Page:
When I was growing up we moved. I was born in New York, moved to Florida at 2 months and lived there until I was 6, moved to Albany, lived there 6 months, moved to Queens, lived there until I was in 8th grade, moved to Westchester, lived there throughout high school, moved back upstate for college and grad school, then moved here. As scary as it is, I have lived in Long Island nearly as long as any place I have ever called home. Home was a word I had trouble identifying with- I had a positive connotation with the word and have associated it with family, but when I closed my eyes, I saw people not a place. That is a beautiful thing, I am thankful I have people that are my home, but I often longed for a place that I could call my own.

Recently I wrote about my new found affinity for all things Lawng-I-Land– maybe not all things, but this is now the place that I view as home, and the place I intend on growing old in. It was nearly one year ago when my home, my work community, John’s hometown, were all hit with tragedy, like many places in the surrounding area.

This is not a post about Hurricane, Superstorm, whatever you want to call it, Sandy. This is a story about rebuilding.

If you have been paying any attention to my blog you may realize that I run frequently, and when I run, I frequent the boardwalk. What I have not mentioned about this boardwalk is that it is not whole. The boardwalk that I run on was destroyed by the flooding and surges of Sandy, the bones of our beloved boardwalk were picked clean by those who looked to maintain some connection with a place they held close to their hearts, and whatever was left was then demolished in order to rebuild.

Some of my fondest memories were created on that boardwalk. When John and I met we were friends in similar places in our lives. We would go “running” together on the boardwalk. I say “running” because I couldn’t make it one block without stopping to catch my breath and walk. He would try to motivate me, but we spent most of our days together talking and falling in love. It was on this boardwalk that I would re-learn how to ride my first bike in fifteen years (p.s.-  riding a bike is not like riding a bike).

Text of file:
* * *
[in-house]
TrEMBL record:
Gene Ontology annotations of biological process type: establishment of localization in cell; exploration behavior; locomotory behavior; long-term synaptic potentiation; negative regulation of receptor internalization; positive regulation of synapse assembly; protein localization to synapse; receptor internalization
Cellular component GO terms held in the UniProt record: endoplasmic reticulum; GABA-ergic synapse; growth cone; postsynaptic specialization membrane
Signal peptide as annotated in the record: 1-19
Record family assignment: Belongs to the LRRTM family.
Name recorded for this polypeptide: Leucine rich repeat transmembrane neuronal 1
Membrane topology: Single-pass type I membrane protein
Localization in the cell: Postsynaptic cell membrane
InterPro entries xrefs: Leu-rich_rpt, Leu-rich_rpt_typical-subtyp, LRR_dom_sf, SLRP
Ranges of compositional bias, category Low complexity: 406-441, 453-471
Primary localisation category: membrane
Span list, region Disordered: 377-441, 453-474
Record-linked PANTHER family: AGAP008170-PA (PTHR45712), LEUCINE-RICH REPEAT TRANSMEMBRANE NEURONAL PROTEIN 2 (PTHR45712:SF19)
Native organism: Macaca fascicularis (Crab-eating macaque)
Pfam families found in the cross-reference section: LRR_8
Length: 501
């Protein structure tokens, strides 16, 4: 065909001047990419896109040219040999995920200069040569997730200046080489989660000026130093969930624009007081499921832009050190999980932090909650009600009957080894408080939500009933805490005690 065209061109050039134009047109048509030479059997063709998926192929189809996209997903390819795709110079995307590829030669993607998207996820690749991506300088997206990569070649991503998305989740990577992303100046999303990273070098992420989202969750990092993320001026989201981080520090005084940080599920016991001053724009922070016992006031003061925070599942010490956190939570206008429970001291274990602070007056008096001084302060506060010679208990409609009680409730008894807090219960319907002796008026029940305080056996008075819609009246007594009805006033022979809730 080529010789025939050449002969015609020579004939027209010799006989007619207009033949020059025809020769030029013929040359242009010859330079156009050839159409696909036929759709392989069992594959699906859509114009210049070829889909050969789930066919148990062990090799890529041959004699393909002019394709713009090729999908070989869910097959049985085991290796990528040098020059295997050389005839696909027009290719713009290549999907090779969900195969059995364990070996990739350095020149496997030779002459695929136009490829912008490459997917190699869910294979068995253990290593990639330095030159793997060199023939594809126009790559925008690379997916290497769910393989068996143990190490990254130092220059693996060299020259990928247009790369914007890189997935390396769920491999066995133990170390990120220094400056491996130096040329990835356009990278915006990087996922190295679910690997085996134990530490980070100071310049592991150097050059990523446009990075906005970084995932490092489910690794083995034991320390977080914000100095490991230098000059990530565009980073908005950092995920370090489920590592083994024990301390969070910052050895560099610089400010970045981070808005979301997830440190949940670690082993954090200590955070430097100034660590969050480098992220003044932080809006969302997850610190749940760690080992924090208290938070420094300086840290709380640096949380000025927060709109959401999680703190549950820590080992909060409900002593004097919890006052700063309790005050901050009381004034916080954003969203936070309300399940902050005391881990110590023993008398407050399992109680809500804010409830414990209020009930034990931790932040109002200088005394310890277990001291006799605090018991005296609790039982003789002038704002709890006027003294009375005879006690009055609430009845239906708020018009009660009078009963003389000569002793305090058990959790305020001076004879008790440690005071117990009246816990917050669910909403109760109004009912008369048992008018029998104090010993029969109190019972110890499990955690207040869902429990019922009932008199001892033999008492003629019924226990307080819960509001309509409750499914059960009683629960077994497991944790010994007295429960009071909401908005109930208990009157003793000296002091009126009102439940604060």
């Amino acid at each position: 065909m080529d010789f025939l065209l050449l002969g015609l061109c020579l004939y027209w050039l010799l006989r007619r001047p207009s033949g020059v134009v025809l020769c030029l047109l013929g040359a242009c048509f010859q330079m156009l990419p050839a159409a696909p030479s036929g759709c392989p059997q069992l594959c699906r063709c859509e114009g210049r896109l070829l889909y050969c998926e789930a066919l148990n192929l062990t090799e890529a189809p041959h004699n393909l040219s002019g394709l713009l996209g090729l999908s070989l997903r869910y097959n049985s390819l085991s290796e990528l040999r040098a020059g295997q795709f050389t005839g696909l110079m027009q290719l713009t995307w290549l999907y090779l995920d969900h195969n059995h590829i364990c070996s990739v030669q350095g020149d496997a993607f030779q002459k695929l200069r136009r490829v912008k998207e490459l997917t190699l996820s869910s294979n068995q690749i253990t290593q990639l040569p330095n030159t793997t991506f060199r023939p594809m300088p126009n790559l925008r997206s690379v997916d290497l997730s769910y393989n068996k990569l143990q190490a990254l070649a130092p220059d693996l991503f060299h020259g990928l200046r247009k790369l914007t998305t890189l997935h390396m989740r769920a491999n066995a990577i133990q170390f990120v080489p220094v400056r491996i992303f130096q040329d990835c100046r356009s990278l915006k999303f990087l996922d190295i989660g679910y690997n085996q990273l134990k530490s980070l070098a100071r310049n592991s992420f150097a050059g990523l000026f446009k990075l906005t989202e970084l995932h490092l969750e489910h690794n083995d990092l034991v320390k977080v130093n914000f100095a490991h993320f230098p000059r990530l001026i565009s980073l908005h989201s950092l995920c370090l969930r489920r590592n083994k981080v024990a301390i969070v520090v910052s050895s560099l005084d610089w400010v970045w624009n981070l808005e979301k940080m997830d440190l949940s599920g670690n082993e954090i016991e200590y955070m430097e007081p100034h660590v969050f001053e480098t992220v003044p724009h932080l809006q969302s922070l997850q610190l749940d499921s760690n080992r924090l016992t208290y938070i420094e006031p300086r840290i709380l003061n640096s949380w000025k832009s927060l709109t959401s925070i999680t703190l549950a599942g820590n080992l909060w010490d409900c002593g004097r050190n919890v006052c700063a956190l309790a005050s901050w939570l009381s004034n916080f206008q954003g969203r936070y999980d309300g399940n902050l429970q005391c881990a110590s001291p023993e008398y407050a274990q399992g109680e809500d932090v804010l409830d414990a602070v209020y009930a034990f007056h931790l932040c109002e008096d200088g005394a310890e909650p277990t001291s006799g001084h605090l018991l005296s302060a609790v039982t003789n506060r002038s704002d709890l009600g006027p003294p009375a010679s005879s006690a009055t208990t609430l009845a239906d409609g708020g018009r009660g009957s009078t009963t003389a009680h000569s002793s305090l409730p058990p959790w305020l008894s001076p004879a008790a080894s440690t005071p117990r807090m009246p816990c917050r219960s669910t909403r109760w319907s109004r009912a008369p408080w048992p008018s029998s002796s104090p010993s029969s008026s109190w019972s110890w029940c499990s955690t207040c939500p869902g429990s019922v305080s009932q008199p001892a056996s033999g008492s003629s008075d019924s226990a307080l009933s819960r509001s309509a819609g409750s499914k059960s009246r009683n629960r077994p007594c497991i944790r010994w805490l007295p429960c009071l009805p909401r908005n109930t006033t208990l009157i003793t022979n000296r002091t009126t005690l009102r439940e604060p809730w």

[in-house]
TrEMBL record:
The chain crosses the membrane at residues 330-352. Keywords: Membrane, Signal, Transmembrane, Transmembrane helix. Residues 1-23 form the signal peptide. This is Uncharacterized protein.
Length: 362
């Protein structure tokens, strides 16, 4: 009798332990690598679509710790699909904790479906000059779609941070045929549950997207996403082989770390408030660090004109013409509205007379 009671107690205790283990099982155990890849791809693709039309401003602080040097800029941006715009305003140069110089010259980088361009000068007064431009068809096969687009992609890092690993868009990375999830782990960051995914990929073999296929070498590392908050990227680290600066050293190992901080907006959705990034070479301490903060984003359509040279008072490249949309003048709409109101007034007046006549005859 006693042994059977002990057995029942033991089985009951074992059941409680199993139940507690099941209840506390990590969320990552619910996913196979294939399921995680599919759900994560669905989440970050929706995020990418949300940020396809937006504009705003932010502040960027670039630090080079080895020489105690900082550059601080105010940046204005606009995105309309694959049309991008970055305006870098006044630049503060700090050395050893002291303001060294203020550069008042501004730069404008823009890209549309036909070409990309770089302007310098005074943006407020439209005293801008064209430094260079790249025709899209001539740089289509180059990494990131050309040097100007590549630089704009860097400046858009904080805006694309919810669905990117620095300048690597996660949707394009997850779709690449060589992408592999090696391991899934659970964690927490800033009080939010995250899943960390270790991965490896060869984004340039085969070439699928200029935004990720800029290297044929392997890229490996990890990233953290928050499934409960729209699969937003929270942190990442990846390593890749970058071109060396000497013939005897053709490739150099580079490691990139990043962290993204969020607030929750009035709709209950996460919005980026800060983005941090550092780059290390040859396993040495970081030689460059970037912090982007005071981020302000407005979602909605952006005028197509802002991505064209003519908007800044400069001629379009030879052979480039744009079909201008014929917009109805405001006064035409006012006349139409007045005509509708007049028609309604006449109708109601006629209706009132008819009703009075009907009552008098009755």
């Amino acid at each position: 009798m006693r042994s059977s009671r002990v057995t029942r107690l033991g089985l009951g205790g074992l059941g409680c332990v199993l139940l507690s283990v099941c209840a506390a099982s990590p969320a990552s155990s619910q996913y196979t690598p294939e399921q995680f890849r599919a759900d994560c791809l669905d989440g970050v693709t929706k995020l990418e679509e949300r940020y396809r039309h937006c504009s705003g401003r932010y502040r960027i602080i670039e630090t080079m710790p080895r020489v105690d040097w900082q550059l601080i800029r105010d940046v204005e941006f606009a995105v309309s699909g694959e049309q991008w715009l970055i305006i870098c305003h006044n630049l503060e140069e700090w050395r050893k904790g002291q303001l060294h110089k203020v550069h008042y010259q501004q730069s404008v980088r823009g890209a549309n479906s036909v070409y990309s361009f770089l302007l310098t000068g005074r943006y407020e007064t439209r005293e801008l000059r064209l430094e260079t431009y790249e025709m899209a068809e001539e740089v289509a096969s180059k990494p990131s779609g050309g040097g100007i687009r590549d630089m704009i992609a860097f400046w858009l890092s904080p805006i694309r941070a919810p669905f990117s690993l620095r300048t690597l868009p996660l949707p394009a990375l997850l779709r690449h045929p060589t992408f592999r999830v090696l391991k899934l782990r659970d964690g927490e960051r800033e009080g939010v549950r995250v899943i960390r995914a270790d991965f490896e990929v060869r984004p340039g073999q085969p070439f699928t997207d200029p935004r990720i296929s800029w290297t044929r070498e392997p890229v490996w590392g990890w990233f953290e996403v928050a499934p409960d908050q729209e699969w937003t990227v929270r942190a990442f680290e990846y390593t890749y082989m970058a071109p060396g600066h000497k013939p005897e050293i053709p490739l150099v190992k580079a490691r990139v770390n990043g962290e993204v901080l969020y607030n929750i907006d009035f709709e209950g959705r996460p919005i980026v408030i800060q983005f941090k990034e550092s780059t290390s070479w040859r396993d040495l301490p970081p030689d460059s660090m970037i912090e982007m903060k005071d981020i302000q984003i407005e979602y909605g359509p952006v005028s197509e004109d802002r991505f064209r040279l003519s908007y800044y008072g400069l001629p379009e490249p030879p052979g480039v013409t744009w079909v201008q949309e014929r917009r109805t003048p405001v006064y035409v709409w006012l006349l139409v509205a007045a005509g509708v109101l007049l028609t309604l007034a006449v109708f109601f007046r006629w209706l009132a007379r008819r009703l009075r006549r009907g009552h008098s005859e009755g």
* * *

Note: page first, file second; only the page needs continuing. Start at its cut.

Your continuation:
summer 2012

summer 2012

When the boardwalk was gone we all waiting eagerly for it’s return. We watched as other areas rebuilt quickly, and we were not always the most patient, but it was only because we loved that damn thing!


Throughout the summer we waited for news and we watched the beginning phases of something so essential to our city by the sea. It was during this process that I began to rebuild myself as well. I took this picture from a rooftop yoga class over the summer. I recall looking over the balcony and feeling a sense of pride and joy.

We were coming back.

When the news arrived that a section of the boardwalk would be open to the public in August something clicked inside of me. It was that week that I decided I needed to run. Maybe I needed that boardwalk to open. It signified something special- It was beautiful, new, not complete, but it was stronger than it was before.

The first section was only .8 miles each way, making my initial runs just under two miles. Welcome back.

1 board

When the second section opened I was ready to push myself, it was now 2.5 round trip.


This past week it was expanded again. I was able to push myself more than 3 miles round trip.


Our boardwalk is not complete, but with every week that it has expanded I have allowed myself to push my own boundaries. This boardwalk has old memories, and it has become a place of new and growing memories. Our city is not entirely rebuilt, but as I said, each day we get stronger. We come together as a community, and we rebuild better and stronger versions of who we were one year ago.


2 thoughts on “Home.

  1. This is really such a warm sentimental post. It’s great that you call LI home even though you lived all over. The boardwalk is part of you and vice versa and it is special that you will always have those memories you write of. Thx for sharing

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